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November 20, 2013: Get ‘er Done Part II

. . . .So here I am, attempting to get “get ‘er done” in my own very roundabout fashion. I’ve been spending many, many years attempting to “get ‘er done.” My problem is that I’m far more adept at making messes than I am at cleaning them up. This extends to all aspects of my life, including writing. I can generate material until the cows come home. However, I tend to drop what I’m doing and begin working on what I foresee as being other, more exciting writing projects.

I’m now really tired of working on the proposal entitled Material Matters: The Field Notes of a Homesteader/Writer.

I’ve been working on this, on and off, for a year now. I originally proposed writing about life here at Squalor Holler. I’m now writing about composing myself as a compost/composing process specialist. It’s now a very complicated project – a big leap for someone who maybe should first make her mark writing and publishing simple, straightforward narratives. But hey, if I can pull this off – I will come that much closer to getting a tenure track job teaching creative nonfiction writing.

And how is it that I have managed, in this particular instance, to stay on track? I’ve done this by relying on my imagination. I have for some time been envisioning my most direct audience, James Engelhardt, the acquisitions editor at the University of Alaska Press. From the beginning, we’ve seen eye-to-eye on this project. We’ve been corresponding for a year via email. And last May, we talked for an hour on the phone. Our conversations, and in particular the phone conversation, have motivated me to keep plugging away at the proposal. One’s belief in a project is a good thing. Another’s belief in a project is an even better thing.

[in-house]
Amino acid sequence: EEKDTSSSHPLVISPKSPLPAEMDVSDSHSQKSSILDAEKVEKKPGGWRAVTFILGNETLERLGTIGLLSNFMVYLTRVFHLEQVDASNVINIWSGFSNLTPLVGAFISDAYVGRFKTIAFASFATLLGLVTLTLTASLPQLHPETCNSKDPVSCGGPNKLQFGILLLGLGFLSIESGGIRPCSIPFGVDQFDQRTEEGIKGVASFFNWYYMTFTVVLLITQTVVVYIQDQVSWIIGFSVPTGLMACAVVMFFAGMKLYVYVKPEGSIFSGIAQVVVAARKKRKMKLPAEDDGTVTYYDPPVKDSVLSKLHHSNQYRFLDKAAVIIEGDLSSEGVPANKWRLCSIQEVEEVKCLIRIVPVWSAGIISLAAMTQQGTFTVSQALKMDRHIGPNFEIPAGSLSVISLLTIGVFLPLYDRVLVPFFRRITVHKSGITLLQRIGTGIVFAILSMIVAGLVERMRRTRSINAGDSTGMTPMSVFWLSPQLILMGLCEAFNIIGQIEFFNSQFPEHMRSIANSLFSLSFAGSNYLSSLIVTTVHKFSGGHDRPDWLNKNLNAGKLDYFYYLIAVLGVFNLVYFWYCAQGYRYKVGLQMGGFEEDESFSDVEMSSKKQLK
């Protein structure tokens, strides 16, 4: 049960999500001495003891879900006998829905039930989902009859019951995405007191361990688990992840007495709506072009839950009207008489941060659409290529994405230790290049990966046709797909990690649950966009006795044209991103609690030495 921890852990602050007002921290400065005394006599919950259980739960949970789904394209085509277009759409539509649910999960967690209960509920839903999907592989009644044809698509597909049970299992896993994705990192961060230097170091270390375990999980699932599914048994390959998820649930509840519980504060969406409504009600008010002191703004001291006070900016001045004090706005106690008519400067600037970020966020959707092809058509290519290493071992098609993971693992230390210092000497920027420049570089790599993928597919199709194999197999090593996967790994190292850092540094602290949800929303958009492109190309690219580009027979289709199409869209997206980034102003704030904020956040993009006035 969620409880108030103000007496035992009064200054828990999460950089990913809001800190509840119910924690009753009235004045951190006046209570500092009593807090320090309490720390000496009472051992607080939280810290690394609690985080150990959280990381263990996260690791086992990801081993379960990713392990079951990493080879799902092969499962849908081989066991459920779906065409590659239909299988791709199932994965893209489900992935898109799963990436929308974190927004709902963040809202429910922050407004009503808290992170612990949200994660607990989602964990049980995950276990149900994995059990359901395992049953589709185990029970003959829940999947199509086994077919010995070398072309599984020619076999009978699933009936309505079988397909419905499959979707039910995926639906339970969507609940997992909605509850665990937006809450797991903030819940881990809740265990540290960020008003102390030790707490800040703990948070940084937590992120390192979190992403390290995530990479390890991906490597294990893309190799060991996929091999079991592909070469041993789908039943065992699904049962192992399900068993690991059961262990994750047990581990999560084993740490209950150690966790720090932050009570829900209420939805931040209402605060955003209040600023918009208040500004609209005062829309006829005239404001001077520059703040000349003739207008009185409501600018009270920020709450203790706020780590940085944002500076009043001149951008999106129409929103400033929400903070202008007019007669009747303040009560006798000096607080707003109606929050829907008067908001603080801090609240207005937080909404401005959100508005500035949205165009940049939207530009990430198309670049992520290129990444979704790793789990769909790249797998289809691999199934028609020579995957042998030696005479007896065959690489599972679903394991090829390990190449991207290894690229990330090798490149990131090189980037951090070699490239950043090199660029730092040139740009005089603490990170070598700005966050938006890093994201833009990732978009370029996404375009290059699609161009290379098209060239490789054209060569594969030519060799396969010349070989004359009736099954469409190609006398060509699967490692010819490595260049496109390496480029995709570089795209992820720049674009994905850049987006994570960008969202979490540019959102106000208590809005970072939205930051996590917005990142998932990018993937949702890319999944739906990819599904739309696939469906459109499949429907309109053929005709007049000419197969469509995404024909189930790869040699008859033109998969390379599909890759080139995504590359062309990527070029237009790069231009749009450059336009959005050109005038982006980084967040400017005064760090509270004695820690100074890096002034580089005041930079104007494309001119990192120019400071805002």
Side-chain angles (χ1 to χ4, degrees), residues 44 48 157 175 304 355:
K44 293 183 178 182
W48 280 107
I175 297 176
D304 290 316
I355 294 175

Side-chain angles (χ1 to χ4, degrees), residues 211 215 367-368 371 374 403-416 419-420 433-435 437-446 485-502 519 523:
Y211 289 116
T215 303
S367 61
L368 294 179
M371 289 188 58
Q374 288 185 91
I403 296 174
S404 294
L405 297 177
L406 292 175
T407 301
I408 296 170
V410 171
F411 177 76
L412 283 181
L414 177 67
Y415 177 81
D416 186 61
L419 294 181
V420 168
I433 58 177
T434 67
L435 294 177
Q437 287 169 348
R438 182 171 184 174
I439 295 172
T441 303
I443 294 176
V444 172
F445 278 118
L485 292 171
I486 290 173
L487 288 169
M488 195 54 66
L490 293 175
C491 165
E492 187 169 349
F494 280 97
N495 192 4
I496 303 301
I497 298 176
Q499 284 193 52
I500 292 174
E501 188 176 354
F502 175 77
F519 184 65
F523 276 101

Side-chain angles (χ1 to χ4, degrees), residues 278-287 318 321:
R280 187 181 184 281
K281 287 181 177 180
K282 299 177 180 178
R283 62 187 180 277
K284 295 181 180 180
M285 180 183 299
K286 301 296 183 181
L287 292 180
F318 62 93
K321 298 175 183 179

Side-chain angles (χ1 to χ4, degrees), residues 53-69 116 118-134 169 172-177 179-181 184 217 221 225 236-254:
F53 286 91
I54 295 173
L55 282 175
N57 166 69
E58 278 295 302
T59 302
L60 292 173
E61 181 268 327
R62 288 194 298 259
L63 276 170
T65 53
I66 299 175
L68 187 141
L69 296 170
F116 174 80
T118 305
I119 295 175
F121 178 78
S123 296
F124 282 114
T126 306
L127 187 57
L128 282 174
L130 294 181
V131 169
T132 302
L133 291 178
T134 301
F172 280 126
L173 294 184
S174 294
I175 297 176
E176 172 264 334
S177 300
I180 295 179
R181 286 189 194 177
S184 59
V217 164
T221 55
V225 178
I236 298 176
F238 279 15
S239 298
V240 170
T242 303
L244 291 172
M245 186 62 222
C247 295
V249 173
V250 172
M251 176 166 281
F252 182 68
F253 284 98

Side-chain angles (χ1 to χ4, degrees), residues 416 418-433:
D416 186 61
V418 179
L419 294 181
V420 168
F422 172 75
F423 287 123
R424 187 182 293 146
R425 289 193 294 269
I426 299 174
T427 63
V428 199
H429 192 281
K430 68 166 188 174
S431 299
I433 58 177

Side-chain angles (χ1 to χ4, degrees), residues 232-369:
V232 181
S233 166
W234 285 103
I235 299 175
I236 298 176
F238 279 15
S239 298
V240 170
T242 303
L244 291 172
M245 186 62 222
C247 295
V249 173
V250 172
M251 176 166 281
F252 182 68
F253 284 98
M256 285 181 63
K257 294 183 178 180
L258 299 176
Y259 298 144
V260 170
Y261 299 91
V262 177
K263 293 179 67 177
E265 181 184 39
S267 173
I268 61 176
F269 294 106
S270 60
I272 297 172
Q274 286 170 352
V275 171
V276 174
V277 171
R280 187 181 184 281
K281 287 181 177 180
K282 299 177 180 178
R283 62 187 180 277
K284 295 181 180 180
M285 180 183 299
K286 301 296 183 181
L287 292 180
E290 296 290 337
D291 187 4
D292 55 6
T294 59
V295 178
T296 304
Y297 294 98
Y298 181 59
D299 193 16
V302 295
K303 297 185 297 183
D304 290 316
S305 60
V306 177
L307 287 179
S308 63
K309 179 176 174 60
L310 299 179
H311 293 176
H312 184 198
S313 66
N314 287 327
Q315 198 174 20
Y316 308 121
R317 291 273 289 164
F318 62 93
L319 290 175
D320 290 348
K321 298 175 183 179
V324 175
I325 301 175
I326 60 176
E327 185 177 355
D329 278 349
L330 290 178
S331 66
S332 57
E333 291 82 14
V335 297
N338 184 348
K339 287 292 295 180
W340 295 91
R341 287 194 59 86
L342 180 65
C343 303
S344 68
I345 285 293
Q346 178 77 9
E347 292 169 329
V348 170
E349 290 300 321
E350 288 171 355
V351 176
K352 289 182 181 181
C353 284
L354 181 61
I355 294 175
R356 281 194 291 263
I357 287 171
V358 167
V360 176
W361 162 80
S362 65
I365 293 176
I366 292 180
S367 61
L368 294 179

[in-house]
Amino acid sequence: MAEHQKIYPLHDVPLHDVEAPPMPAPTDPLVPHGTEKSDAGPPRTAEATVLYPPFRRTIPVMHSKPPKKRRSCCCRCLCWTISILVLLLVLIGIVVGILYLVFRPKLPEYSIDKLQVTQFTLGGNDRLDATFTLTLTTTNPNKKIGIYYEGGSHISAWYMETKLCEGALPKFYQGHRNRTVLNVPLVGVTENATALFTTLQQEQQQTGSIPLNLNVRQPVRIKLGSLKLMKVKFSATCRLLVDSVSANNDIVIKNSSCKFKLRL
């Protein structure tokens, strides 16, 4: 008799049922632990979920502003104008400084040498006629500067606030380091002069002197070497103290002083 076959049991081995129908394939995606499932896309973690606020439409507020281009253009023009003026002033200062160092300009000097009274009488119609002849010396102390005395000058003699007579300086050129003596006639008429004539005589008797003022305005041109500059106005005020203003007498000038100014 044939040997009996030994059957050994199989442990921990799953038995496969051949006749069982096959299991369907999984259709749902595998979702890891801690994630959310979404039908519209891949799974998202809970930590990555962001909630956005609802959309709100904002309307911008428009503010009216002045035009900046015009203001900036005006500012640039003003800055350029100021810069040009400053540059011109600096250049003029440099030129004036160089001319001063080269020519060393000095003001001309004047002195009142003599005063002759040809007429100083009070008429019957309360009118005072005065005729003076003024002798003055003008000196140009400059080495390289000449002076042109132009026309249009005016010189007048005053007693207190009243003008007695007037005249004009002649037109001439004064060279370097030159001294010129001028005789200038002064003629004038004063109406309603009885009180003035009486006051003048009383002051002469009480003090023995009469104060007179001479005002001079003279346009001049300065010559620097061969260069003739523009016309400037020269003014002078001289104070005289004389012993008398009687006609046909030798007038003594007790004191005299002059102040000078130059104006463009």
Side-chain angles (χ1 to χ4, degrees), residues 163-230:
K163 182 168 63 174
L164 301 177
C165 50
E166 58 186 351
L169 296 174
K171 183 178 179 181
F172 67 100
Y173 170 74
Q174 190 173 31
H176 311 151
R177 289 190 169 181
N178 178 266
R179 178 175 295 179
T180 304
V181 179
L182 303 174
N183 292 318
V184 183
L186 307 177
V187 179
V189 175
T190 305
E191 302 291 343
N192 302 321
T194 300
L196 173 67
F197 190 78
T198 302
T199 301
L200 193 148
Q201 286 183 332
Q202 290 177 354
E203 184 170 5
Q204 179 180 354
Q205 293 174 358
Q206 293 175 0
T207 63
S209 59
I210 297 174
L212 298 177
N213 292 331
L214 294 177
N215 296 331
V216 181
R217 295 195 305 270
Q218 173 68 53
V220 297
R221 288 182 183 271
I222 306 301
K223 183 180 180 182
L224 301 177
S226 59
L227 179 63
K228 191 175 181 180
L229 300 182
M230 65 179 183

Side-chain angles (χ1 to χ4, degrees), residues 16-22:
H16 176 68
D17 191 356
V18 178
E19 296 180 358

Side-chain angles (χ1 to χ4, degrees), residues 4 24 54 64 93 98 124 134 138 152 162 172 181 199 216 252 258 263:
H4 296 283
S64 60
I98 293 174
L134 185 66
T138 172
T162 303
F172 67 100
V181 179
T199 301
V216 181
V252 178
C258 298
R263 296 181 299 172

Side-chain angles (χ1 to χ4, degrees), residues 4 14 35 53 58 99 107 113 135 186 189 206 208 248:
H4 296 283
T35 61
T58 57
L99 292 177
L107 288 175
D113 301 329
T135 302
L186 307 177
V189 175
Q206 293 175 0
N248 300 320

And so lately, I’ve been picturing James at his desk. He’s staring out into space, and drumming his fingers impatiently, on the wood finish. Every so often he looks up at the clock. All he can think about is my proposal. When, he wonders, am I going to be done with it? Maybe, he thinks, she really is a bullshit artist. My bringing this image to mind has made for sort of a quasi-deadline.

As I well know, Mr. Engelhardt is a very busy man, and my proposal is just one of many that he will in time consider. But today, in response to an email in which I said that I’m nearly done with the proposal, he implied that Material Matters invites comparisons to Robert Persig’s Zen and the Art of Motorcycle Maintenance. I replied that yes, this is a like title. So, we continue to be on the same page.

So finally, after many many years of hard work, I’m finally seeing eye-to-eye with an editor who might, when the time comes, vouch for my work when it’s presented to an editorial board. I know the dangers of getting my hopes up. As a friend once observed “the closer you get to rejection, the more rejection hurts.” But maybe, just maybe, it’s my turn to shine.

Next: 240: 11/21/13: Seasonal Affective Disorder